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Few things in life produce the kind of peace and serenity found in a forest. This meandering treehouse in Chile provides a complete immersion into its wooded surroundings. Sebastian Irarrazaval Arquitectos designed 2y House as a solitary retreat that enhances the unique experience of being surrounded by trees. The house is located near Lake Colico, some 470 miles south of the Chilean capital, Santiago . Locally-sourced timber anchors the house to the place and references the sense of infinity that is present in forests. Natural light filters through broad windows and wooden screens, mimicking the effect created by tree tops. Related: Gorgeous Robin’s Nest Treehouse Hotel immerses you in nature This arboreal aesthetic is further enhanced by the use of red-painted wood on the exterior. Using a natural palette of reds, browns and greens marks a departure from the concrete and glass architecture that tends to dominate Chilean residential design. + Sebastian Irarrazaval Arquitectos Via Curbed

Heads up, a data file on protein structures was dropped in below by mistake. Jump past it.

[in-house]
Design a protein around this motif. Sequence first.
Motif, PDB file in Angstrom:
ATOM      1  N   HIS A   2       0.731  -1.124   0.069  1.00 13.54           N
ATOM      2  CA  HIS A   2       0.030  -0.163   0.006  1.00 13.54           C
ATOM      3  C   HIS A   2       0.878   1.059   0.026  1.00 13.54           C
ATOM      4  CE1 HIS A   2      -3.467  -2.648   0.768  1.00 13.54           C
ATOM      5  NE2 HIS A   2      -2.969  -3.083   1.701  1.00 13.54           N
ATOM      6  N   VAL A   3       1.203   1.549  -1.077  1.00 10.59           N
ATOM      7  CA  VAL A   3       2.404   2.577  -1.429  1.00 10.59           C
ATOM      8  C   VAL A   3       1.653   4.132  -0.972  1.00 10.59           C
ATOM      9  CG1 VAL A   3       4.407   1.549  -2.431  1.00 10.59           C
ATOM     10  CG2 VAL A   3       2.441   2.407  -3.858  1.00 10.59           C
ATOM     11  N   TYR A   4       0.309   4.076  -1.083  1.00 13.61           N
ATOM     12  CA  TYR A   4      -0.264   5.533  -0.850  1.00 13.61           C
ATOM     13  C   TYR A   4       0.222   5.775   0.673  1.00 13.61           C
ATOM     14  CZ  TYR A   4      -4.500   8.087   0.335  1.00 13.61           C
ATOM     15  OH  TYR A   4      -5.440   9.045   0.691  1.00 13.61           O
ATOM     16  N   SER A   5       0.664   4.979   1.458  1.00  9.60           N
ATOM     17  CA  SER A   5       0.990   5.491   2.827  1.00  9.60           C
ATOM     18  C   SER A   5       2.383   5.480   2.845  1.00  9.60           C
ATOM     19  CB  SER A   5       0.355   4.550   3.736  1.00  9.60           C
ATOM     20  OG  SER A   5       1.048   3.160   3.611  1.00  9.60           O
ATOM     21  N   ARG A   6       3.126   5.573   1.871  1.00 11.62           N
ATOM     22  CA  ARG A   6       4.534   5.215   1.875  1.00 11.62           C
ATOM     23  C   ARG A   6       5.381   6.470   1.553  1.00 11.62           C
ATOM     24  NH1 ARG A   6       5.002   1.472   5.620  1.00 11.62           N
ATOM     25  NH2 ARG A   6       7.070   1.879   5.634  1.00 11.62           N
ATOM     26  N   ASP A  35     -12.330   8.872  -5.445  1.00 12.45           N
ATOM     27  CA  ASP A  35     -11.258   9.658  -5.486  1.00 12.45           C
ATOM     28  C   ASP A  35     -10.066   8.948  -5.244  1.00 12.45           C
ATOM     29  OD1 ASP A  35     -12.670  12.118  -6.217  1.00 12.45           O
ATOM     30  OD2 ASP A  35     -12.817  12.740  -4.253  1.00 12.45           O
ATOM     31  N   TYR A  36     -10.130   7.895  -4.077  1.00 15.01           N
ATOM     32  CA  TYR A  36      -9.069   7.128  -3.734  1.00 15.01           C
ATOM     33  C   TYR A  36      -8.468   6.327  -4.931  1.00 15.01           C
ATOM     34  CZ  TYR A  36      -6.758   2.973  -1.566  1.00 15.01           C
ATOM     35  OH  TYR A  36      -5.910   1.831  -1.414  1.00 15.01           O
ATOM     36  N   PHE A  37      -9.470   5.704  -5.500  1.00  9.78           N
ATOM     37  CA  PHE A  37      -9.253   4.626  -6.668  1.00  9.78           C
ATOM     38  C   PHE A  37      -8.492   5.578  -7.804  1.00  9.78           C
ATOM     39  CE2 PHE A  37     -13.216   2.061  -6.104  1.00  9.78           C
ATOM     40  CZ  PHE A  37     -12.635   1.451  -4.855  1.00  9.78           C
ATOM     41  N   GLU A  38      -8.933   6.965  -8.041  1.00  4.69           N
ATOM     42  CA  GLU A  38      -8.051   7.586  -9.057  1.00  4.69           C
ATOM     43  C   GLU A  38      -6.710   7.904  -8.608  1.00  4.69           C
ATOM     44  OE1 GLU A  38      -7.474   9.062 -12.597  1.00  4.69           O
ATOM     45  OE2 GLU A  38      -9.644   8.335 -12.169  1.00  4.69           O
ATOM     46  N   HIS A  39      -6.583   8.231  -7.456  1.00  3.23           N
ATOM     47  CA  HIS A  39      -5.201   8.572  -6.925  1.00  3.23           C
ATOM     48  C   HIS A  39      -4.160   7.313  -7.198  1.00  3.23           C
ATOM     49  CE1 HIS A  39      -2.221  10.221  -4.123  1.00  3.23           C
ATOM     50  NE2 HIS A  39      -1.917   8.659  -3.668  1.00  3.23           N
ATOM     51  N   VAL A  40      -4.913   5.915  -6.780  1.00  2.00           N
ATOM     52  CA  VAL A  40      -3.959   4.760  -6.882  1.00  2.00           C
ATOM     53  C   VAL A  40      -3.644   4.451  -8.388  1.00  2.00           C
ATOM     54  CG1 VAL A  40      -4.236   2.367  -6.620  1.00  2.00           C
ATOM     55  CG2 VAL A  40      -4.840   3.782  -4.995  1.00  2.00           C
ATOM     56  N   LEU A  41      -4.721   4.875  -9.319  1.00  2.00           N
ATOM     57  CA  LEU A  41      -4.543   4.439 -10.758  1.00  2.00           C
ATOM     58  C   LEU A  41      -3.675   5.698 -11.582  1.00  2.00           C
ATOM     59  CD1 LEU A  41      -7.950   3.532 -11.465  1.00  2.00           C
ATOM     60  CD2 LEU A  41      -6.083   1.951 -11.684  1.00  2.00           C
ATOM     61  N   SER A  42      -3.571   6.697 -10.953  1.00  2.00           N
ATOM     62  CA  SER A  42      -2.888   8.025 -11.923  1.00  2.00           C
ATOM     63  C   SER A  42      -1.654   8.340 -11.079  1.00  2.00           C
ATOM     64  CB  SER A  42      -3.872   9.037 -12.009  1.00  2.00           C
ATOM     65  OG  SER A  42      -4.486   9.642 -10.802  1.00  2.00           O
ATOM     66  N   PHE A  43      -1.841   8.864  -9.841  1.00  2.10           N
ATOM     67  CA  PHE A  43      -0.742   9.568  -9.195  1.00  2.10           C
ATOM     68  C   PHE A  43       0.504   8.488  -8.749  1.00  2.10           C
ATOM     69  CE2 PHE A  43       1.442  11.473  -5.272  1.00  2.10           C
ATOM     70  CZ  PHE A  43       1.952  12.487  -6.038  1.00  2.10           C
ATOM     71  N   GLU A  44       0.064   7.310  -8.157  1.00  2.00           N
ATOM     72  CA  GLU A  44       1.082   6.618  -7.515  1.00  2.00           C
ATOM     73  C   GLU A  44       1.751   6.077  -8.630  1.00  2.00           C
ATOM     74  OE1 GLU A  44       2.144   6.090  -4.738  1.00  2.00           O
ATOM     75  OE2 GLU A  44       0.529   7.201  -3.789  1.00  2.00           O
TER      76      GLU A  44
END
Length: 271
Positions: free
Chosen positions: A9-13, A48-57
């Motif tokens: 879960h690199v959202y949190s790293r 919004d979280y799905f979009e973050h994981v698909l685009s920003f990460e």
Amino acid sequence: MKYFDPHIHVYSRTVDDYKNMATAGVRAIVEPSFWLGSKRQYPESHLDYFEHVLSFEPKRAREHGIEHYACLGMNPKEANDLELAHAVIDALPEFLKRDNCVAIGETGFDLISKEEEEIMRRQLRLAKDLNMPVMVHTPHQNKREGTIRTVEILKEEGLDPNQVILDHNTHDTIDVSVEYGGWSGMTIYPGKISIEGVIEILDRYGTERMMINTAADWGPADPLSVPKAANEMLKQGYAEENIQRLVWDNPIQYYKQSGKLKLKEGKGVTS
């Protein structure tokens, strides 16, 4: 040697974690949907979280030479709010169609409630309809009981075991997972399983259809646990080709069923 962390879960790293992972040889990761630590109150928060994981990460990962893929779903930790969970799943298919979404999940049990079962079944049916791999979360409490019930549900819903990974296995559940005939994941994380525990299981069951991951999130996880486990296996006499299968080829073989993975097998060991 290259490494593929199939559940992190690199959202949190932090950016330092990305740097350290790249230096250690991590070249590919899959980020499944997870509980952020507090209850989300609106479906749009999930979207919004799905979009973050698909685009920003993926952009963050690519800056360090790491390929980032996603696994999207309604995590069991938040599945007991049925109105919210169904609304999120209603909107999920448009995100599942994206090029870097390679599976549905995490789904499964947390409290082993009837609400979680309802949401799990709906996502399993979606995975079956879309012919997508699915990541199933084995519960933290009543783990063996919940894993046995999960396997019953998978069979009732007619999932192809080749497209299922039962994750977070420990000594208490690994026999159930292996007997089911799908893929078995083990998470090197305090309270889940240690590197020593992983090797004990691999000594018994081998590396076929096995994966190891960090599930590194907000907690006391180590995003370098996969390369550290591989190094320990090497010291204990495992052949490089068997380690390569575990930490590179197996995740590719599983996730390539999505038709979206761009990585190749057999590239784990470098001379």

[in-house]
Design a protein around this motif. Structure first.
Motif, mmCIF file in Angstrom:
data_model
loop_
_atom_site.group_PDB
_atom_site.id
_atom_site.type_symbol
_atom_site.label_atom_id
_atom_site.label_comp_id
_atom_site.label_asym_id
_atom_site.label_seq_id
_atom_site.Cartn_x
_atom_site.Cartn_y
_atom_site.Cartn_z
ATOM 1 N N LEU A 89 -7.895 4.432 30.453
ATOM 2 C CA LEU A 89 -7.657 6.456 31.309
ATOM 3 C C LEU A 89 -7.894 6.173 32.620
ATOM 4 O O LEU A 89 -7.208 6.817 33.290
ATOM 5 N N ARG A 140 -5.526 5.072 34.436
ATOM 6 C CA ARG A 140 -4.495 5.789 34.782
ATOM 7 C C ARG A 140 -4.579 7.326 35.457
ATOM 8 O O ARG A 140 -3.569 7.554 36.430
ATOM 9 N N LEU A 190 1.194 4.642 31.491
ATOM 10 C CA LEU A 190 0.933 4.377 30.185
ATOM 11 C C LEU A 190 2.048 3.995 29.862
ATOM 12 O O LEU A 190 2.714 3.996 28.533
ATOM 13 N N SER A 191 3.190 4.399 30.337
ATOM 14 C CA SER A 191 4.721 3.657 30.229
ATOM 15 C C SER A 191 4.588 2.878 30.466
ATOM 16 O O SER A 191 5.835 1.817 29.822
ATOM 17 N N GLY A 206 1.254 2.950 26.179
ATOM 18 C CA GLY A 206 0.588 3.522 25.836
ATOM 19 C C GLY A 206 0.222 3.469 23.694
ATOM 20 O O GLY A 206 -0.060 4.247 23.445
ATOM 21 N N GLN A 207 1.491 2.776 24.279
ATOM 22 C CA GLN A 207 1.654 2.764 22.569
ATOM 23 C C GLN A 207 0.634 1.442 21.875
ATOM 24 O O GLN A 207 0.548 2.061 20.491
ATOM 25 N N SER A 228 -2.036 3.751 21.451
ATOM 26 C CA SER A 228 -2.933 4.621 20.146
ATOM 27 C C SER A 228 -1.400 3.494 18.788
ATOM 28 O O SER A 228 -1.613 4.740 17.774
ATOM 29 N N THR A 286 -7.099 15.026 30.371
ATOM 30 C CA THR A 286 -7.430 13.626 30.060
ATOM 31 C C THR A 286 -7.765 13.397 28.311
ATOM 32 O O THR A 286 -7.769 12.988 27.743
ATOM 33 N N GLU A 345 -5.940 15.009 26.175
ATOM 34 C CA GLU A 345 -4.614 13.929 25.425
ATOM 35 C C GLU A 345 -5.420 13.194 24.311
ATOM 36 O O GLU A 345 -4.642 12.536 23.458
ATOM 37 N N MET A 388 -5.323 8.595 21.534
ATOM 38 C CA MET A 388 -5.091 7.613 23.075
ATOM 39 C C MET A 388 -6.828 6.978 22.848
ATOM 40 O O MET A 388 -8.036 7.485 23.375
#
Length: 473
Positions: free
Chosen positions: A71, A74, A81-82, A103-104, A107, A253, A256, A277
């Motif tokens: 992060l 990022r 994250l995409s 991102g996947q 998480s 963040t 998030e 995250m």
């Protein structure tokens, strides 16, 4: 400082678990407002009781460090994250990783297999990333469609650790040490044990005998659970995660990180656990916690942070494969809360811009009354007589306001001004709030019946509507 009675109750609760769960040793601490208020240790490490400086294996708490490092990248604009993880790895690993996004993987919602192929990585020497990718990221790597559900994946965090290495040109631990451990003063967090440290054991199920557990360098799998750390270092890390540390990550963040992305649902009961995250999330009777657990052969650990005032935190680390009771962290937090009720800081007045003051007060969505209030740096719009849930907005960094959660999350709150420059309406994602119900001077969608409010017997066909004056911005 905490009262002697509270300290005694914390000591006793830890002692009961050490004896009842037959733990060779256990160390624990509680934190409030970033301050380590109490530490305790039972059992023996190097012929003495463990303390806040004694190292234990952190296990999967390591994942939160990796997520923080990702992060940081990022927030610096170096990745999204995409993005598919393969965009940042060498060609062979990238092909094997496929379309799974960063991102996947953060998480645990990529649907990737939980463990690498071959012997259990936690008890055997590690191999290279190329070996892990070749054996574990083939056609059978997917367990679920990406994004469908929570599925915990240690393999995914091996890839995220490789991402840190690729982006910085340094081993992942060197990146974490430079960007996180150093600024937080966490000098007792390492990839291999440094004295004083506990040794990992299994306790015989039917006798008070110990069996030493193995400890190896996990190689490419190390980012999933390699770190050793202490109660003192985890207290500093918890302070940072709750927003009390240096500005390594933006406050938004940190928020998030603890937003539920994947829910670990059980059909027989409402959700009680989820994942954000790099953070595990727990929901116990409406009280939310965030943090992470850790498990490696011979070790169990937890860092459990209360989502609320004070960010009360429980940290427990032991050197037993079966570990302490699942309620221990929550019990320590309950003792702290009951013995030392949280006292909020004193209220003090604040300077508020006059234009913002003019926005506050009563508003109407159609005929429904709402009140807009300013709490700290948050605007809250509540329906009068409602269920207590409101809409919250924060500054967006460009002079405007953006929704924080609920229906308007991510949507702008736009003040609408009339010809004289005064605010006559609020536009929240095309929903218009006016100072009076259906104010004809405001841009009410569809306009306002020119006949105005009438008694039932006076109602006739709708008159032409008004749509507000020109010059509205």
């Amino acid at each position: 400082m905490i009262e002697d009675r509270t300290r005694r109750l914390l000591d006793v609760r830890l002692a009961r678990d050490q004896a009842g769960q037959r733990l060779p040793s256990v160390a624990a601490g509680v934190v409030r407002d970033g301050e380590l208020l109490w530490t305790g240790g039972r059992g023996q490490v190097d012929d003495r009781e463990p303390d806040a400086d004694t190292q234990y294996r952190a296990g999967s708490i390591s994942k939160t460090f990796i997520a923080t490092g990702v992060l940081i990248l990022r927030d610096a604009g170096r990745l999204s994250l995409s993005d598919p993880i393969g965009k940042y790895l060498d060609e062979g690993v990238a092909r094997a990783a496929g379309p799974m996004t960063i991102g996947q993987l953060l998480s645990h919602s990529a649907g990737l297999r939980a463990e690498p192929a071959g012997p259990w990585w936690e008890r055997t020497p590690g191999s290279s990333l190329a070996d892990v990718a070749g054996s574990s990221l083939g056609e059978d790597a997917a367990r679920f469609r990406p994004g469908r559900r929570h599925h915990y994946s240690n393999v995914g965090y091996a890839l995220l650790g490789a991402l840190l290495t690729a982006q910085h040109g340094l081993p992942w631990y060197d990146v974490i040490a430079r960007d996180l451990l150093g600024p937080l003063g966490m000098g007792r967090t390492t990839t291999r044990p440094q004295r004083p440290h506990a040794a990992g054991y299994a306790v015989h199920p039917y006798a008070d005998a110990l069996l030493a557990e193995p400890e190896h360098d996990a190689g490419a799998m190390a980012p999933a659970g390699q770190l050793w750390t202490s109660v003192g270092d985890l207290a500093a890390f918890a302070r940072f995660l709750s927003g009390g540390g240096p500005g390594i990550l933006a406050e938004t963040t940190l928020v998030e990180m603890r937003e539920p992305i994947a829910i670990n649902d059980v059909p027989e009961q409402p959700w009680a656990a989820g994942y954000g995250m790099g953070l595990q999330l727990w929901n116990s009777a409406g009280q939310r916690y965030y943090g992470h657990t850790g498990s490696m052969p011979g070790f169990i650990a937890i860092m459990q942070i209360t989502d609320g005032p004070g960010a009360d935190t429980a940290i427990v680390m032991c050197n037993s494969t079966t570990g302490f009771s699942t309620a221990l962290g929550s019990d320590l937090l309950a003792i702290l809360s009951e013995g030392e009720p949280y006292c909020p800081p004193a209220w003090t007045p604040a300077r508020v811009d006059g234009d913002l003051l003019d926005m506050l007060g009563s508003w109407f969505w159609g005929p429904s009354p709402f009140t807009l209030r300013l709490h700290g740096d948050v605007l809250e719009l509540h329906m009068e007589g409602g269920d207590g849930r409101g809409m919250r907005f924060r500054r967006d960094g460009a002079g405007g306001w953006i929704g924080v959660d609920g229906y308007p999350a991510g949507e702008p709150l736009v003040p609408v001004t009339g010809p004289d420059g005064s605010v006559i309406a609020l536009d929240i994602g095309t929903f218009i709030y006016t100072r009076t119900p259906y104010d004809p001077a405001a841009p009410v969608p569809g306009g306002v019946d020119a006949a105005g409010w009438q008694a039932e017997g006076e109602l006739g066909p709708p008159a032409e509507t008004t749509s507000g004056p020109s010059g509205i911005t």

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Meandering 2y House in Chile immerses inhabitants in its wooded surroundings

Romantic Treehouse huts are tucked away in Beijings tranquil mountains

October 6, 2016 by